• • •
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• • • •
Sergeant Birkinbine said Mr. Campbell's pace was faster than normal, but it did not cause him undue concern. Officer McAllister said that Mr. Campbell walked backwards with long, fast strides, at a pace that concerned him. He did not view it as classic surrender behavior. Officer Andersen testified that he was alarmed by Mr. Campbell's rapid pace because it was "kind of strange, erratic behavior." Tr. 1745. The Grievant testified that Mr. Campbell was walking very fast, so fast that he had to have been doing it on purpose. His walk resembled a march step and seemed determined. It was not in response to direction from police, testified the Grievant. He had never before seen anyone who was giving up walk at that pace. People who give up typically walk cautiously at a somewhat slower pace than normal walking, he stated. The Grievant had his weapon pointed at Mr. Campbell but was looking over the sight, not through it, he testified.8
Officer Lewton shouted most or all of the commands to Mr. Campbell. Testimony varied considerably over what commands Lewton gave to Mr. Campbell as he walked backwards and whether and how he complied with those commands. Witnesses agreed the commands were loud, so Mr. Campbell probably heard them. • Jenna Peterson testified that officers told Mr. Campbell to slow down and he would slow down for a step or two and then he would speed back up. Finally the officers told Mr. Campbell to stop, and he did so. She said that he was not respectful of the officers, was not compliant, and appeared not to care. Tyler Camp recalled commands to “slow down, slow down.” Exh. A-115, at 2. Mr. Campbell finally stopped for a second and then he continued to walk backwards and an officer continued to tell him to walk slower, according to Mr. Camp. He further stated Mr. Campbell "was definitely not following directions, he was not following his orders." Id., at 7. He added, "at that point, it was, he wasn’t gonna listen to what anybody was saying and he was gonna to do what he wanted." Id., at 8. However, he also said he believed Mr. Campbell was giving himself up. William Snow stated that as Mr. Campbell walked backwards, officers asked him to stop, but he did not immediately stop. He indicated that instead he began to "speed back." Exh. A-116, at 5. As stated above, Officer Lewton said he told Mr. Campbell six times to slow down. Mr. Campbell did not slow down immediately and Officer Lewton thought that Mr. Campbell was executing some sort of plan and that he, Officer Lewton, needed to gain control. According to Lewton, Mr. Campbell finally stopped mid-way in his trajectory and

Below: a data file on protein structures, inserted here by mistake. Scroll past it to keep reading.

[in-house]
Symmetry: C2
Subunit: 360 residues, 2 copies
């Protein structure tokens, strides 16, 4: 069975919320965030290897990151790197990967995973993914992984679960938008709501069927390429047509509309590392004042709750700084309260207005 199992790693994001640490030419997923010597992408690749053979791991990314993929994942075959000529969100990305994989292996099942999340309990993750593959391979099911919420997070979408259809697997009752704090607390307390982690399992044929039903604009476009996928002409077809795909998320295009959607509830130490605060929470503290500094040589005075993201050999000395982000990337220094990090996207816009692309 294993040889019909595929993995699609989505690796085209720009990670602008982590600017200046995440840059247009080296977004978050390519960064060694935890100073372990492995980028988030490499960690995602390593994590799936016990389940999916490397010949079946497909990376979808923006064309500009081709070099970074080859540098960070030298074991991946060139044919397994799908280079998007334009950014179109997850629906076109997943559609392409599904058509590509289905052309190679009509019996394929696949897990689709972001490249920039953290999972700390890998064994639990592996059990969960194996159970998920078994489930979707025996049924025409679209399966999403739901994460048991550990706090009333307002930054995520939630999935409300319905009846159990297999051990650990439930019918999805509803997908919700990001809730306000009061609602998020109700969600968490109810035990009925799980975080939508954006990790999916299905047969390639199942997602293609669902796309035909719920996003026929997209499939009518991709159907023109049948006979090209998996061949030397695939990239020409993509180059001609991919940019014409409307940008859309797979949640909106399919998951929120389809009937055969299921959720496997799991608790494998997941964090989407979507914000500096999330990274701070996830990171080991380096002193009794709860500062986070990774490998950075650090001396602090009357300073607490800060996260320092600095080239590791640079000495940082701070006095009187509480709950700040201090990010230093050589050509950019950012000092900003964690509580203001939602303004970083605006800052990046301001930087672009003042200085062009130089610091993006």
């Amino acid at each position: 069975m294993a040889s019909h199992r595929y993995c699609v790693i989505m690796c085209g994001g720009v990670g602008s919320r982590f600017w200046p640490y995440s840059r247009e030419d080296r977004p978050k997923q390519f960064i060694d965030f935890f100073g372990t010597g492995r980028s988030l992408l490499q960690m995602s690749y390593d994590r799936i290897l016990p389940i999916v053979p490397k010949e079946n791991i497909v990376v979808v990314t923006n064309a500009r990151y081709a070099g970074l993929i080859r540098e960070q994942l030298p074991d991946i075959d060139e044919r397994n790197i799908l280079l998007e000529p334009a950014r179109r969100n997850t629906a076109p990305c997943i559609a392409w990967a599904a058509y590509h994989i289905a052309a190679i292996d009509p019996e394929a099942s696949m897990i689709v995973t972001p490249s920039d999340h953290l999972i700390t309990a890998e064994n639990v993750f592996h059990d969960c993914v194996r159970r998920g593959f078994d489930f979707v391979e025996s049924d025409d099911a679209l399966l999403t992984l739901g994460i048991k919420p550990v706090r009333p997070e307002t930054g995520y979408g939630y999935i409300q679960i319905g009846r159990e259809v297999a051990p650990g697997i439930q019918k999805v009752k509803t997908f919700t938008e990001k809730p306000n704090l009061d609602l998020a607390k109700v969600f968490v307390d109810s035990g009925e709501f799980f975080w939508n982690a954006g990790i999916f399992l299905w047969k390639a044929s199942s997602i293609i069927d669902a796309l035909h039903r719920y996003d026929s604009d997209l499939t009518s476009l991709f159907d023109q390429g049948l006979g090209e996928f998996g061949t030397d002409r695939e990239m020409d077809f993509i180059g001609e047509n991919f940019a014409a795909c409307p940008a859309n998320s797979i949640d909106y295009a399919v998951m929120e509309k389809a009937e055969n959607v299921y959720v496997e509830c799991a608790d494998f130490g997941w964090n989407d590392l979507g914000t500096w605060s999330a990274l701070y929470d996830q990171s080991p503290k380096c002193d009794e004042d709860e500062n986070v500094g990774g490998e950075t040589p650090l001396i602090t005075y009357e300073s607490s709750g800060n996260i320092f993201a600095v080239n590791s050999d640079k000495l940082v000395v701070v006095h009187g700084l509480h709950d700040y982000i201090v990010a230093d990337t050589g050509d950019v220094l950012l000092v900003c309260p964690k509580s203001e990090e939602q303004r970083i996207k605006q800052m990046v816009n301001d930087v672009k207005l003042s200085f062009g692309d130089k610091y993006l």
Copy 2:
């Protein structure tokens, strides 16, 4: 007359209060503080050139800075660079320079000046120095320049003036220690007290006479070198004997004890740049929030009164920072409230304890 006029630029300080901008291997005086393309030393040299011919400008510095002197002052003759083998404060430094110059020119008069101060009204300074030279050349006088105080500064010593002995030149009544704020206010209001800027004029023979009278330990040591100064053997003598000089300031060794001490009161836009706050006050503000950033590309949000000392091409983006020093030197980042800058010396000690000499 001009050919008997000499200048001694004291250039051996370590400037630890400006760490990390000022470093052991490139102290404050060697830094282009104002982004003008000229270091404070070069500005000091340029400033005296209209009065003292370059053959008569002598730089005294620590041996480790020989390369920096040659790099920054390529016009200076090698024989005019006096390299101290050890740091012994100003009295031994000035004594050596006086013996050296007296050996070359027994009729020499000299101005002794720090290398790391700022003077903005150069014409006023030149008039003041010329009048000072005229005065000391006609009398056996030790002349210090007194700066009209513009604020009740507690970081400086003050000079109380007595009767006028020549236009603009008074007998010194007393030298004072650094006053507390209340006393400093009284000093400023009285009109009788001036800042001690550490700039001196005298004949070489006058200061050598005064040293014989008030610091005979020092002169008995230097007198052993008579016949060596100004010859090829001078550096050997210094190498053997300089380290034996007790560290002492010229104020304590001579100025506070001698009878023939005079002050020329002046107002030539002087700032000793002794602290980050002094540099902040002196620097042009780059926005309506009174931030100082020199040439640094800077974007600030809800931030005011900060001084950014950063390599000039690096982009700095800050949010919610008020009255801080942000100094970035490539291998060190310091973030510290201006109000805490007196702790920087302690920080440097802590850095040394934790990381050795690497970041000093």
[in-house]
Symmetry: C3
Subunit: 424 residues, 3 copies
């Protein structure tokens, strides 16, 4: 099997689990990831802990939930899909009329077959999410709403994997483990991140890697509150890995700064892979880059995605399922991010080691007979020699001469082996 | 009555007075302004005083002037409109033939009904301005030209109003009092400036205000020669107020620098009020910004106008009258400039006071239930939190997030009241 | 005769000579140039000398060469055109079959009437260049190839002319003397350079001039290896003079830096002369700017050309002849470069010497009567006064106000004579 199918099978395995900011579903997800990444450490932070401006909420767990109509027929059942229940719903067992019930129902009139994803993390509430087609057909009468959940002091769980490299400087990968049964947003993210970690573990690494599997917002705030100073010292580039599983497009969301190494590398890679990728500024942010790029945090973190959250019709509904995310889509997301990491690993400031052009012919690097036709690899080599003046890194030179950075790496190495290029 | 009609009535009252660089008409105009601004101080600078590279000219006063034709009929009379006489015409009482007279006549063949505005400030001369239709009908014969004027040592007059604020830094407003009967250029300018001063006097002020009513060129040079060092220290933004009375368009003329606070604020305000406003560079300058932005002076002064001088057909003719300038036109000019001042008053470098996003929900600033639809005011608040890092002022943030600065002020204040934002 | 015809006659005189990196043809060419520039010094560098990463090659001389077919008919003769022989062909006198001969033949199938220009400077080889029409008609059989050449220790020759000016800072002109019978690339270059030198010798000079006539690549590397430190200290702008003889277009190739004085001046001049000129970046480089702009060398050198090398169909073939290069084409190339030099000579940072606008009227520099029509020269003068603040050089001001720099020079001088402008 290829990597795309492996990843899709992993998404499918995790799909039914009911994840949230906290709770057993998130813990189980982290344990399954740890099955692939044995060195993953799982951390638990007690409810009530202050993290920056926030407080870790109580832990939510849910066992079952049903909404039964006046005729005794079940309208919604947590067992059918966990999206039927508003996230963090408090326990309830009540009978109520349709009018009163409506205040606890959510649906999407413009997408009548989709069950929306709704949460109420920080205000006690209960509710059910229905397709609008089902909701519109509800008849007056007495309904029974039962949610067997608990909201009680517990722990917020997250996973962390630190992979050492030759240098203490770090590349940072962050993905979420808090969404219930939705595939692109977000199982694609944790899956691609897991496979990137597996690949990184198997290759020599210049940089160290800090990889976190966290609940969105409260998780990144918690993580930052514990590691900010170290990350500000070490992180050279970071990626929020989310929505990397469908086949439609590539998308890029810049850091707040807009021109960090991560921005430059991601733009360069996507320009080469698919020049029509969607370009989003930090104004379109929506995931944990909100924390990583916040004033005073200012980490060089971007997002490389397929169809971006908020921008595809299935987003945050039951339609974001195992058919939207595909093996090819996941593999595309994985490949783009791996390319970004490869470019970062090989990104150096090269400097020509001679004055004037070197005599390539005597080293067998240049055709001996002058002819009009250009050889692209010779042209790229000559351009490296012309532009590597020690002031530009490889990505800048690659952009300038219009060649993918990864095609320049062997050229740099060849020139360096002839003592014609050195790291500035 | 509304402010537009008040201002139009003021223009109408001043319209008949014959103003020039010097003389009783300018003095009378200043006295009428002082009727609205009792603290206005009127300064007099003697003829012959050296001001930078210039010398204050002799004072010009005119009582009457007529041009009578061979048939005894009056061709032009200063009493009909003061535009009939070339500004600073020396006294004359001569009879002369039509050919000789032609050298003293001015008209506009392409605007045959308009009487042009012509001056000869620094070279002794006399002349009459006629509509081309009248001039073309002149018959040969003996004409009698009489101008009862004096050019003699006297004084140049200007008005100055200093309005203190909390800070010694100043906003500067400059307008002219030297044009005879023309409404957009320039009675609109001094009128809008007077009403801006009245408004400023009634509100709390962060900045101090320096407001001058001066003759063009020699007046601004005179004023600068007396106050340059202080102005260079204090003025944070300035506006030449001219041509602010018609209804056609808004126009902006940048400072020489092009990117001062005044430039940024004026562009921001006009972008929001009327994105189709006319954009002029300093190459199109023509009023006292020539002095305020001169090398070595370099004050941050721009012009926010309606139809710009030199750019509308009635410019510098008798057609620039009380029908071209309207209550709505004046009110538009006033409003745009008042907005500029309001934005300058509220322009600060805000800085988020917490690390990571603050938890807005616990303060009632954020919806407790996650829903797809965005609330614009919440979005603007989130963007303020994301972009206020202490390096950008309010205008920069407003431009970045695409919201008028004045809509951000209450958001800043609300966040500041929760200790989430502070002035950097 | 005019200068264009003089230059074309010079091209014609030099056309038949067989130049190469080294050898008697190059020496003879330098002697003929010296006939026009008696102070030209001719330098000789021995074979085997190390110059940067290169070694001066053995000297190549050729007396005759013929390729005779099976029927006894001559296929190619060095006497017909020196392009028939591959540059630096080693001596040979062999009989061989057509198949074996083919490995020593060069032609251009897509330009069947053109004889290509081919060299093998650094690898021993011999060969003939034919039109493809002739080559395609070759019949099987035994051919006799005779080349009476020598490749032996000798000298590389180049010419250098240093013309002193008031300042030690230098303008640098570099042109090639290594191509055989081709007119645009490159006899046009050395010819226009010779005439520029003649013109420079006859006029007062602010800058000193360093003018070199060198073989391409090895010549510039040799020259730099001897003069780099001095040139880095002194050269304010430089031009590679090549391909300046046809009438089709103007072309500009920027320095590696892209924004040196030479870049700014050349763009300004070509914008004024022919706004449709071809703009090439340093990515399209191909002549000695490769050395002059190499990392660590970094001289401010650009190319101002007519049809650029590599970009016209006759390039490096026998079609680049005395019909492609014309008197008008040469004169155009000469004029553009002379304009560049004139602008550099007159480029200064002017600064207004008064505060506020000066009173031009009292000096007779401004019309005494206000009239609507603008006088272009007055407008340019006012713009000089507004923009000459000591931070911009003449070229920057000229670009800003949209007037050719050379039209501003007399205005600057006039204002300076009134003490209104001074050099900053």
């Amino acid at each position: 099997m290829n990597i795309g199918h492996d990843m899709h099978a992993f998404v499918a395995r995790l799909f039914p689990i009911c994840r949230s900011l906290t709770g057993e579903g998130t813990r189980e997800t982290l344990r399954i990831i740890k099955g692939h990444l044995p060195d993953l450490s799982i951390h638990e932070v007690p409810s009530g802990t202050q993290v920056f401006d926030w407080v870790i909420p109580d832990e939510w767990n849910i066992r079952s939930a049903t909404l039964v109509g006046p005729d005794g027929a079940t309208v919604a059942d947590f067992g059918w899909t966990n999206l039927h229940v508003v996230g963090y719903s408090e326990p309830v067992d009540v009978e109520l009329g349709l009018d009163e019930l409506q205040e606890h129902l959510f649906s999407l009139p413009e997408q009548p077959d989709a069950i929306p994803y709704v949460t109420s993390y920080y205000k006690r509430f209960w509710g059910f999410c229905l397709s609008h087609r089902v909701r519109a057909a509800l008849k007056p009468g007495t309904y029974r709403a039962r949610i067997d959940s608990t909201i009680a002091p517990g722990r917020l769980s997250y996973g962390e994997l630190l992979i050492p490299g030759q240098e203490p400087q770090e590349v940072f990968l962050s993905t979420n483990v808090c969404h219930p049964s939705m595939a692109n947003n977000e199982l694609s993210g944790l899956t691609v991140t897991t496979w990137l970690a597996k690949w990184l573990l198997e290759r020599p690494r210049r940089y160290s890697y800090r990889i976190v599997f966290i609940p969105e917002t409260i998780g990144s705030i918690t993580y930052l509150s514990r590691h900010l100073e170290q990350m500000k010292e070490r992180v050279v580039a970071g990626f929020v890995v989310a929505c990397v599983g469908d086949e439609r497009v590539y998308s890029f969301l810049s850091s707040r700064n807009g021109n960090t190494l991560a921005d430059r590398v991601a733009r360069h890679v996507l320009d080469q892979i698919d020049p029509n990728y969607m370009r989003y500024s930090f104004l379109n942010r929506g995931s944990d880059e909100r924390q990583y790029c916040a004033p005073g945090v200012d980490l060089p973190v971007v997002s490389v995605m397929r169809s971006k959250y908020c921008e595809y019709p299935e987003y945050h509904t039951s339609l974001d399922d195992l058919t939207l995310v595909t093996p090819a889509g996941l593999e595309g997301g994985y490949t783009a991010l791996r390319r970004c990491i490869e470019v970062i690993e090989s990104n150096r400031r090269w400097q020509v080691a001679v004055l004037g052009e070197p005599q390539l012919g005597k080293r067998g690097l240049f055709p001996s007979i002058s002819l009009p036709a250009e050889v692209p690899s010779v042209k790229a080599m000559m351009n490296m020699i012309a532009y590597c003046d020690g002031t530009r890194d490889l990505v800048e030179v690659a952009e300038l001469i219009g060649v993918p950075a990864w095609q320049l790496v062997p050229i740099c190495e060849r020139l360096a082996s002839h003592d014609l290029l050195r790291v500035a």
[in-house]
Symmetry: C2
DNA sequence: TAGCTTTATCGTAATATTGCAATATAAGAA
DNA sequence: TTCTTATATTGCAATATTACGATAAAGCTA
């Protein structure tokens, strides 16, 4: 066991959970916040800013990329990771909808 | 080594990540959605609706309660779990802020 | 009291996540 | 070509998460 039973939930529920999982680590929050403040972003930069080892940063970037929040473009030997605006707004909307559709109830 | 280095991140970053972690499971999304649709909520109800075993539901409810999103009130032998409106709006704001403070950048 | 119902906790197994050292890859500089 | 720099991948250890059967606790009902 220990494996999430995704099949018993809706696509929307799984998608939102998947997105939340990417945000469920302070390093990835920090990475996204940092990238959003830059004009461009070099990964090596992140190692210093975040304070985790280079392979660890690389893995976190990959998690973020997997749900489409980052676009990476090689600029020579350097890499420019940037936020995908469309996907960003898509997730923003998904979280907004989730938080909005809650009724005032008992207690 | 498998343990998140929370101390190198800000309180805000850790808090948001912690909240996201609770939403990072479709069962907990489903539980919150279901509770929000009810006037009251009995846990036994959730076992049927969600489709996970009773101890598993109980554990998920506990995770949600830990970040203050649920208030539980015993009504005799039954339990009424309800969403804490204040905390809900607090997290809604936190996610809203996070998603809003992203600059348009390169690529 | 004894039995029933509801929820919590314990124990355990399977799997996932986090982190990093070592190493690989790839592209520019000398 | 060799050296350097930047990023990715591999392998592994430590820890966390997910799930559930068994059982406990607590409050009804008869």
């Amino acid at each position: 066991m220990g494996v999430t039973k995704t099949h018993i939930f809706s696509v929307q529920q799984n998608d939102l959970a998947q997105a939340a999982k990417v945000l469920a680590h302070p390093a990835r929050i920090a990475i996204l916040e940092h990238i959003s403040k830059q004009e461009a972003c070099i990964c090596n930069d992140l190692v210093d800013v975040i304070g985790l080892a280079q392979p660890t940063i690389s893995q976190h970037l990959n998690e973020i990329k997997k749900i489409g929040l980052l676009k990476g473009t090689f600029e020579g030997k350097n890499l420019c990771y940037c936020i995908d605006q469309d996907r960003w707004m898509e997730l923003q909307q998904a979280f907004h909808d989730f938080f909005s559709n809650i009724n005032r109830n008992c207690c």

As Mr. Campbell walked backward toward the team, the Grievant turned on the light on his weapon so he could see better and flipped his aperture sight as Mr. Campbell got closer. Both of these were momentary actions, he stated. He stood up because he had been squatting a long time and believed that he might not be able to react quickly enough from his squatting position. These actions were instinctive, he testified.